It's the shift in diet itself that has ramifications throughout the entire ecosystem in question. Many goldenrod species are highly competitive when left to their own devices. If left untouched, abandoned fields can quickly become a monoculture of goldenrod. That is where the spiders come in. By causing a behavioral shift in their grasshopper prey, the spiders are having indirect effects on plant diversity in these habitats. Because grasshoppers spend more time feeding on goldenrods in the presence of spiders, they knock back some of the competitive advantages of these plants.

The researchers found that when spiders were present, overall plant diversity increased. This is not because the spiders ate more grasshoppers. Instead, it's because the grasshoppers shifted to a diet of goldenrod, which knocked the goldenrod back just enough to allow other plants to establish. It's not just plant diversity that changed either. Spiders also caused an increase in both solar radiation and nitrogen reaching the soils!

In knocking back the goldenrod, the habitat became slightly more open and patchy as various plant species of different shapes and sizes gradually established. This allowed more light to reach the soil, thus changing the environment for new seeds to germinate. Also, because goldenrod leaves tend to break down more slowly, they can have significant influences on nutrient cycles within the soil. As a more diverse set of plants establish in these field habitats, the type of leaf litter that falls to the ground changes as well. This resulted in an overall increase in the nitrogen supply to the soil, which also influences plant diversity.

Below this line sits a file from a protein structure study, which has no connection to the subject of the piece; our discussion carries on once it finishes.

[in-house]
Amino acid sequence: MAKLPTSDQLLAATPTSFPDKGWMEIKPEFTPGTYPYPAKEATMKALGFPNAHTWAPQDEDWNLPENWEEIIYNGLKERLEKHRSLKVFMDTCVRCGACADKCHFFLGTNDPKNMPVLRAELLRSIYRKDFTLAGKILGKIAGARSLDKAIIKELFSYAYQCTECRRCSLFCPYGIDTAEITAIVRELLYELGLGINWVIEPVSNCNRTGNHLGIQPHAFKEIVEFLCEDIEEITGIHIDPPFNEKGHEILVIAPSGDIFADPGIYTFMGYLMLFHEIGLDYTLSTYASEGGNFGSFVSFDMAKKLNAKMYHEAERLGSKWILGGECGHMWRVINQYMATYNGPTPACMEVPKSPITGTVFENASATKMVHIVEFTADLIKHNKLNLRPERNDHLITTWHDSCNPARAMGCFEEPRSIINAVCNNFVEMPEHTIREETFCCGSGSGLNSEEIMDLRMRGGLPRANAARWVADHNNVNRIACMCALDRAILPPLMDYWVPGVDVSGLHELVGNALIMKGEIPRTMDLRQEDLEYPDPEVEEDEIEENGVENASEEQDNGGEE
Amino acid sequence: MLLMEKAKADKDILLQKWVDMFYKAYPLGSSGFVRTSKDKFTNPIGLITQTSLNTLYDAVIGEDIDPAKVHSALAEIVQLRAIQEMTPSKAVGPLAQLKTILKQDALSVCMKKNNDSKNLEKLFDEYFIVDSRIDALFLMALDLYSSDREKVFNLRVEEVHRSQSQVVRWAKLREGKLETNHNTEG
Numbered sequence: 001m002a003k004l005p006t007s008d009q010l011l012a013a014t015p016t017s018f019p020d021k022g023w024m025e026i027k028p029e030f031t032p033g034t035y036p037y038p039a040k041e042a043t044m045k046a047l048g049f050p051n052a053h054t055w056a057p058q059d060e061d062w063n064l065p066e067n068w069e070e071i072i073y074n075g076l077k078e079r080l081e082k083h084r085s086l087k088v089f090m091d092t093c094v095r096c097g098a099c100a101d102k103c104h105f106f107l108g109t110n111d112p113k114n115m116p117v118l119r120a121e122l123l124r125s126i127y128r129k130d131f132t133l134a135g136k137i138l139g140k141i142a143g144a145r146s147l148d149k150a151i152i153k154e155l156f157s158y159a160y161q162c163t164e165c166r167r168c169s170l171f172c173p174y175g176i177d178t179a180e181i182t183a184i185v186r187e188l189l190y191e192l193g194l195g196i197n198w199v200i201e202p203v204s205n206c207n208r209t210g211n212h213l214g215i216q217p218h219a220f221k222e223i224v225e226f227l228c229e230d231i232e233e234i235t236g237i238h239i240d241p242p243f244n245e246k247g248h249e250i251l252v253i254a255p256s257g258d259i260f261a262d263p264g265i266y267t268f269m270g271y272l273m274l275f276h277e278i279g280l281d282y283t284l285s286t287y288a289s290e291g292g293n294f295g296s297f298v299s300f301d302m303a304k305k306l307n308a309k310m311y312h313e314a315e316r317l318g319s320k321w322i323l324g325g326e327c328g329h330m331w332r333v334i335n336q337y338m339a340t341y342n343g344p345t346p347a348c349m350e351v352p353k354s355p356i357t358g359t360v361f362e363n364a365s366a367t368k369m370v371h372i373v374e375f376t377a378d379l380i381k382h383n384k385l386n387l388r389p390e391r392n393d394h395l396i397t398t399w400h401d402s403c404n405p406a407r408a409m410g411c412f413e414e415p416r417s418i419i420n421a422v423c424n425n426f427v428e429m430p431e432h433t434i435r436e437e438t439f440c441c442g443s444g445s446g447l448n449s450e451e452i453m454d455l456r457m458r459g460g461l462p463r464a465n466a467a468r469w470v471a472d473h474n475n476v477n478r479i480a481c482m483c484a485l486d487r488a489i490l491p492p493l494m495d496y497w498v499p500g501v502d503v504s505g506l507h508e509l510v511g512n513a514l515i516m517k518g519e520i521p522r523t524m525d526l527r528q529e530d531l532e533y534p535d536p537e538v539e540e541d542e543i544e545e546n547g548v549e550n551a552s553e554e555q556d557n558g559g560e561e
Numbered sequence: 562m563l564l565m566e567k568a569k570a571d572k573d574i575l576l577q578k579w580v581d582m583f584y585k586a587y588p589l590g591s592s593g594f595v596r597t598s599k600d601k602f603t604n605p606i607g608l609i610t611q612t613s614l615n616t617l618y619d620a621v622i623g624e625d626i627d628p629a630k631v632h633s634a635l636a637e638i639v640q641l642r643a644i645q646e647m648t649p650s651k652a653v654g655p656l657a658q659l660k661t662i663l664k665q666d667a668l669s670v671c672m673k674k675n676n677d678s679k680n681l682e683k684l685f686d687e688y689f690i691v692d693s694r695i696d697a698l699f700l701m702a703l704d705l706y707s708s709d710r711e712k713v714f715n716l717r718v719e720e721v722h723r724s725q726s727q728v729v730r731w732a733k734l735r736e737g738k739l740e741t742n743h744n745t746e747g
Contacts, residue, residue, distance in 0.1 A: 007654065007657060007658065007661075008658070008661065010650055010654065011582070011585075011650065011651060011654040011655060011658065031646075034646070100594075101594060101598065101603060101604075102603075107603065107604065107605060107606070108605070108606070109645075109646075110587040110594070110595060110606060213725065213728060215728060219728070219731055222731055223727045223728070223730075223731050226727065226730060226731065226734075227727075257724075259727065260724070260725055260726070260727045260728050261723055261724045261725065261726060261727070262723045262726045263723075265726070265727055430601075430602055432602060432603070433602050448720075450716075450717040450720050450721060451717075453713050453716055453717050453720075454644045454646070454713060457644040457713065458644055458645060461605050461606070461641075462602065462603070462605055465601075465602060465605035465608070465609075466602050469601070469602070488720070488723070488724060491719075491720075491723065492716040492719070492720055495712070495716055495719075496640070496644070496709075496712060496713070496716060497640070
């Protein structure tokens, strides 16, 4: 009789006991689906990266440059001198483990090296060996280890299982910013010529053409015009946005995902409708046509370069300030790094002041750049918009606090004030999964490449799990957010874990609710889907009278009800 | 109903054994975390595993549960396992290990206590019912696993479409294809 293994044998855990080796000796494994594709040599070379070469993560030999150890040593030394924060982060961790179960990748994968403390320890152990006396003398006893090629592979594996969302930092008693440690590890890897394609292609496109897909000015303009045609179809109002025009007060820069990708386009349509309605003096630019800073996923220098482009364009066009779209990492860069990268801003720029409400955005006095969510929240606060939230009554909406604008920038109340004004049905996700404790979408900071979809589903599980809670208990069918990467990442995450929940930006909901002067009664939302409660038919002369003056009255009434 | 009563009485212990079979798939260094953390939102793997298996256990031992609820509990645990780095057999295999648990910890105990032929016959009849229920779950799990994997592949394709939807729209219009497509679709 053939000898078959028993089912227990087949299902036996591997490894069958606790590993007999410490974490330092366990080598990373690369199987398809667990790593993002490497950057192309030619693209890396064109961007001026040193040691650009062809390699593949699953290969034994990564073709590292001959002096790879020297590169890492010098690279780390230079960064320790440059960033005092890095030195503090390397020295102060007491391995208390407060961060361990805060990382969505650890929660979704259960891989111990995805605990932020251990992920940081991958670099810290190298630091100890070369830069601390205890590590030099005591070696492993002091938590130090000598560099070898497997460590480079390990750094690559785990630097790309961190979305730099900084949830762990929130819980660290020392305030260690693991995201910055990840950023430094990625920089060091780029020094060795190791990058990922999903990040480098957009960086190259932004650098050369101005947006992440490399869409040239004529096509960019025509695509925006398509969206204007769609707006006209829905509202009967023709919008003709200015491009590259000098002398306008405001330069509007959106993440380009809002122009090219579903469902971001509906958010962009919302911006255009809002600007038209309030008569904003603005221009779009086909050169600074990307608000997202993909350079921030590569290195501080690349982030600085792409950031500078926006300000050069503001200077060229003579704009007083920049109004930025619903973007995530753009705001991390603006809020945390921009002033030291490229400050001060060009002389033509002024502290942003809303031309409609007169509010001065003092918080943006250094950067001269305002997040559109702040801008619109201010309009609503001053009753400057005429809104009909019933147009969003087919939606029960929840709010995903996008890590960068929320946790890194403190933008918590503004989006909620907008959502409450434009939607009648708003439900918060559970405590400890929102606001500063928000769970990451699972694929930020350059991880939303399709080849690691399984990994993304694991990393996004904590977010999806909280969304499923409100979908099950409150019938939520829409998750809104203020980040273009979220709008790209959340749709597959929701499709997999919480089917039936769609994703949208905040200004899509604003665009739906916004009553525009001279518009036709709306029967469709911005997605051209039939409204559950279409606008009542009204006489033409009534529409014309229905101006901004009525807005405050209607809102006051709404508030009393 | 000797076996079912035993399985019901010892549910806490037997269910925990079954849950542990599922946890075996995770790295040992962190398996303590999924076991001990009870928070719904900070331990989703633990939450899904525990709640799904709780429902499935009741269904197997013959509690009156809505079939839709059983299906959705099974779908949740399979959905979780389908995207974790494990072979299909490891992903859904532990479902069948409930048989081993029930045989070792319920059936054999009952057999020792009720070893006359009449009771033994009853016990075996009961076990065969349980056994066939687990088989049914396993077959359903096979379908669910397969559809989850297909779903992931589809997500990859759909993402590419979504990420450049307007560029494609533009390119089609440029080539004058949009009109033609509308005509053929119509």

In total, the mere presence of spiders was enough to set in motion these top-down ecosystem effects. It's not that spiders eat more grasshoppers, it's that they are changing the behavior of grasshoppers in a way that results in a more diverse plant community overall. This is a radically different narrative than what has been observed with examples such as the reintroduction of wolves to the greater Yellowstone ecosystem yet the conclusions are very much the same. Predators have innumerable ecosystem benefits that we simply can't afford to ignore. 

Photo Credits: [1] [2] [3]

Further Reading: [1] [2]

 

Broomrape: What's in a Name?

One can turn a lot of heads by speaking publicly of the plants in the family Orobanchaceae. This interesting and often beautiful parasitic plant family is collectively referred to as the broomrape family. Species with common names like “naked broomrape” and “spiked broomrape” can really make a casual plant conversation turn sour in no time.

Despite how heinous the name sounds, its origin is a bit more innocent. I have really grown to appreciate etymology. Learning the hidden meaning behind the words we utilize for taxonomy can be a lot of fun. It can also teach you a little bit more about the species itself.